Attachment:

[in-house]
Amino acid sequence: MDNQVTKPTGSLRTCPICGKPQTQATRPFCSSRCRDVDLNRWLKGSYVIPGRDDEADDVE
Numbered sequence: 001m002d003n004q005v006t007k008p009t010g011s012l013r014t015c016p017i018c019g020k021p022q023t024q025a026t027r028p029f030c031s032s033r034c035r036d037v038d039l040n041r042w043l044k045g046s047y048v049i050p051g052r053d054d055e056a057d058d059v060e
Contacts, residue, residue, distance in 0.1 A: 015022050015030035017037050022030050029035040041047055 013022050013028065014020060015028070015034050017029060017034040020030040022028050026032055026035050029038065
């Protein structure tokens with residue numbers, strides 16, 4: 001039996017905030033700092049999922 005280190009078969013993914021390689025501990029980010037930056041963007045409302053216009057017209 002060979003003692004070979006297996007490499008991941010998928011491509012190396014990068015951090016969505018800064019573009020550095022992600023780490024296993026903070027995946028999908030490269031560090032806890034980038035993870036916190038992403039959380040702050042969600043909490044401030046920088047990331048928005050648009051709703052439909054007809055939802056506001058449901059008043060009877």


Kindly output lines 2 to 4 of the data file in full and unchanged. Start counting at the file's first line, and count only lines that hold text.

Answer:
Amino acid sequence: MDNQVTKPTGSLRTCPICGKPQTQATRPFCSSRCRDVDLNRWLKGSYVIPGRDDEADDVE
Numbered sequence: 001m002d003n004q005v006t007k008p009t010g011s012l013r014t015c016p017i018c019g020k021p022q023t024q025a026t027r028p029f030c031s032s033r034c035r036d037v038d039l040n041r042w043l044k045g046s047y048v049i050p051g052r053d054d055e056a057d058d059v060e
Contacts, residue, residue, distance in 0.1 A: 015022050015030035017037050022030050029035040041047055 013022050013028065014020060015028070015034050017029060017034040020030040022028050026032055026035050029038065